When R. L. Thomas agreed in 1938 to take charge of the almost defunct Citizens Charter Association or CCA, it was thought by many to be dead already. Weakened by its two successive defeats at the polls, it was without funds and had only a cubbyhole in the Santa Fe Building for headquarters. In a meeting with business leaders, Thomas asked for pledges on the spot for enough funds to revitalize the association and run its 1939 campaign. Among those attending was banker R. L. Thornton (later a four-term mayor of Dallas). He said he first wanted to know who would be named on the ticket, as he was not accustomed to backing undisclosed entries in a horse race. Thomas simplified the matter by replying that he was naming Thornton on the nominating committee.
By this time the council-manager system was under open attack, with George W. Owens, a leading businessman, as its most potent critic. He started circulating petitions for a charter amendment election to scrap the city manager ,plan in favor of a strong mayor system.
Thomas correctly sensed that the first emergency task was to rally citywide support of the system inaugurated in 1931. Among his chief lieutenants in a spirited fight to save the city manager plan were former Councilman M. J. Norrell, E. O. Cartwright, O. D. Brundidge, Mrs. Kirk Hall, and W. H. Painter. By the time the 1939 campaign opened, the fight to retain the council-manager system appeared to have been won. Owens abandoned his plan for an election to change it. Attention could now be turned to growing public dissatisfaction with the incumbent administration of Mayor George A. Sprague, especially after disclosures of petty graft affecting the park department were causing serious repercussions.
Suddenly the question of major improvements at Fair Park broke loose on the eve of the campaign. The Dallas Citizens Council asked for renovation of Fair Park Auditorium (today’s Fair Park Music Hall), but it was opposed by Park Board President Jim Dan Sullivan. “All of the big businessmen and civic leaders want an auditorium built downtown,” said Sullivan. “And I don’t see any use in throwing more money into that rat hole [of the Fair Park Auditorium].”
Then on February 16 a new city party announced itself, the Nonpartisan Citizens Association, headed by Jack Burroughs. It offered a slate of nine candidates. It was promptly followed by another new party, the Progressive Civic Association, with Tony Brignardello as chairman and former District Judge R. B. Allen as president. It also offered a full slate of nominees.
Charter Association speakers branded both newcomers as only divergent wings of the old Catfish Club. CCA Manager Thomas said that both represented “the same old gang of politicians” who would destroy the council-manager system and reinstate the spoils system at the city hall, At this point George Lintner, a young attorney who had served as “public defender” in city corporation court under Mayor J. Waddy Tate, anounced the Plain Peoples’ Party. Its avowed aim was outright scrapping of the city manager plan in Dallas.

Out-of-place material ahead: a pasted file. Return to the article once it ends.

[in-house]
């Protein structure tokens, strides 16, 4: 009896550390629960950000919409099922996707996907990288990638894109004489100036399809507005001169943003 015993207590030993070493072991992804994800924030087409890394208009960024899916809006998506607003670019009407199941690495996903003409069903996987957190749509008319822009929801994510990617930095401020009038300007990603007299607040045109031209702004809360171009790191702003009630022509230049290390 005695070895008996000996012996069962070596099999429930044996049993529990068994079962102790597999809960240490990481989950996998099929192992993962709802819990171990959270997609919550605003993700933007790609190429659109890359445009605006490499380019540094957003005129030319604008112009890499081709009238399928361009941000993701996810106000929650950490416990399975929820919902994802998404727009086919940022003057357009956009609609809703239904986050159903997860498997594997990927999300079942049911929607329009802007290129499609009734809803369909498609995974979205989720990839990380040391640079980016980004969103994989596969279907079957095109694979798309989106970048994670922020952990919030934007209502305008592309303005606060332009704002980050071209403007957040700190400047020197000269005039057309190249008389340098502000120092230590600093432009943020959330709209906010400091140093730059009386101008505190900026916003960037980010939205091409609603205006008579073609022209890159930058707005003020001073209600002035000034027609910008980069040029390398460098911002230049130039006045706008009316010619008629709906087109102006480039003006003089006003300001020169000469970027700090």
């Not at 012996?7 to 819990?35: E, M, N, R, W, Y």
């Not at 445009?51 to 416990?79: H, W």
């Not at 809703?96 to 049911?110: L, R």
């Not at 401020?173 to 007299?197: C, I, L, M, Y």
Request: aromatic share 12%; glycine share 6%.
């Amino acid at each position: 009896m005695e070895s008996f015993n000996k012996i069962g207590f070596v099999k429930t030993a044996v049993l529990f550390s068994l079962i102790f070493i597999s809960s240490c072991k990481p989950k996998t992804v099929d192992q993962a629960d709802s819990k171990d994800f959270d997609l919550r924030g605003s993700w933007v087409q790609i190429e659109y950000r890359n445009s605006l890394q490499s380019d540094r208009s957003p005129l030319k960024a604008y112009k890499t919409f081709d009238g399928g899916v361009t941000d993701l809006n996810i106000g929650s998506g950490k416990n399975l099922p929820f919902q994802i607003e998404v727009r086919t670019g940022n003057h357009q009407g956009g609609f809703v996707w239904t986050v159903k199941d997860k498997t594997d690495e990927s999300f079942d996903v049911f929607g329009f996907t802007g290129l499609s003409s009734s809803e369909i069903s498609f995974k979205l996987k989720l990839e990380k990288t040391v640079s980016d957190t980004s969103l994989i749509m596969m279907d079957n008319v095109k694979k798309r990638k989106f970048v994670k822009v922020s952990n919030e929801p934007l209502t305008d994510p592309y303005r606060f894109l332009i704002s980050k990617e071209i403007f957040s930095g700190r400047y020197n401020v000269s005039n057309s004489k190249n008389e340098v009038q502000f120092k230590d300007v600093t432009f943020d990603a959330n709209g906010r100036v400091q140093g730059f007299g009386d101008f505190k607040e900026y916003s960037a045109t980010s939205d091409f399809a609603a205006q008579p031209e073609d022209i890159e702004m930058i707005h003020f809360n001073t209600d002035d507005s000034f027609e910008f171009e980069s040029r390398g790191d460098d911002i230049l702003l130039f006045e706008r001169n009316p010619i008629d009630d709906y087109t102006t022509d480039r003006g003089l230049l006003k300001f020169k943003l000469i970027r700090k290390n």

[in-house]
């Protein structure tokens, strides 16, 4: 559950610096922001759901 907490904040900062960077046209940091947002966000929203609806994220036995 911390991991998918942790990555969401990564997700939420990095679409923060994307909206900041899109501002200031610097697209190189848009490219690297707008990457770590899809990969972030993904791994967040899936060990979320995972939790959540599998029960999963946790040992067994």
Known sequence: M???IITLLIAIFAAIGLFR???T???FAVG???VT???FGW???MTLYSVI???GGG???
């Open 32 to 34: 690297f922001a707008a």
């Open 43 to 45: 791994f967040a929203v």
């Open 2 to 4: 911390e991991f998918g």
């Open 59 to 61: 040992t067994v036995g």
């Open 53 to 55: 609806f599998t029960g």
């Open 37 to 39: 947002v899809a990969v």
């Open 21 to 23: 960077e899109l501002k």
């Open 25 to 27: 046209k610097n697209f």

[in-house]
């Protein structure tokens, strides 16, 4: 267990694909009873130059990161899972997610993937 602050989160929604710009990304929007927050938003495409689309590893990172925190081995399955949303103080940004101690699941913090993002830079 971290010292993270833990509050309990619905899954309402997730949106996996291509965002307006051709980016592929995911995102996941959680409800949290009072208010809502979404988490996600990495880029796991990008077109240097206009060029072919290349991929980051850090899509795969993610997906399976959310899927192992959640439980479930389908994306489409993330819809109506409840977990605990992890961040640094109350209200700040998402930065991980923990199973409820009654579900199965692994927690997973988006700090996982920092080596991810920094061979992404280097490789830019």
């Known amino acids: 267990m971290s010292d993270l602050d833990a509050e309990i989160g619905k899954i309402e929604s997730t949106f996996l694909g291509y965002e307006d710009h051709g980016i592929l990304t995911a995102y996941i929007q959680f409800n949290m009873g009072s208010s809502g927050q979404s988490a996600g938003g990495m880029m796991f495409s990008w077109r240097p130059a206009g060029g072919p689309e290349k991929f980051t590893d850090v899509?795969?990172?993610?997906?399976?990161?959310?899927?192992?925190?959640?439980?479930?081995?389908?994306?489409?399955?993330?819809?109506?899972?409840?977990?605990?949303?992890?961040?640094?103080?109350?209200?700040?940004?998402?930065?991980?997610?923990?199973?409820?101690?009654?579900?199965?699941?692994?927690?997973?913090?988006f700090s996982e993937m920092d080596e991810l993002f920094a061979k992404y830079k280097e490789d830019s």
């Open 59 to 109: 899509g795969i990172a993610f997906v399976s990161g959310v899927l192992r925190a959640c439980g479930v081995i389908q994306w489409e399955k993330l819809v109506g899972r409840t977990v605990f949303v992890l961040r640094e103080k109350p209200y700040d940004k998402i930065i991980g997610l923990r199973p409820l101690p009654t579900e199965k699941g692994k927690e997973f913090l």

CCA prospects now hinged on its ability to offer the strongest possible ticket in the April election. Thomas insisted that a completely fresh slate of candidates be offered, none of whom had ever held any city office. A forty-eight-year-old attorney and retiring president of the Dallas Bar Association, Woodall Rodgers, was one selection. Another was Ben E. Cabe11, Jr., son and grandson of two former mayors, Ben E. Cabe11, Sr. and Gen. W. L. Cabe11. Other nominees were Hal Noble, R. D. Suddarth, Bennett H. Stamps, C. P. Haines, W. B. Johnson, L. L. Hiegel, and M. M. Straus.
The campaign swung into action with three full slates of nine men each and eight independents. Under Thomas’s drive, the CCA campaign was carried into every section of Dallas. Rabbi David Lefkowitz, Earl B. Smyth, noted Baptist leader, and Mrs. Kirk Hall were stalwarts among the score of speakers. When the ballots were counted on election night, it was seen that the Citizens Charter Association had won a smashing victory, without a single runoff, in the field of thirty-five candidates.
The new council chose Woodall Rodgers mayor and Ben E. Cabell, Jr. mayor pro tern. Thomas was lauded by the newspapers, which had unanimously supported the CCA ticket, for the brilliant and astute way in which he had managed the campaign. At a victory dinner, Mayor Rodgers declared that “credit for the Charter victory goes largely to R. L. Thomas, the hard-working president who has given his entire time for two months” to the Charter Association.
Thomas was to remain as president of CCA during the next eight years, or through the four elected terms of Mayor Rodgers. The Charter Association was unopposed the next time up in 1941, and it has retained its majority position in every election since then.
Other Dallas mayor history can be found here.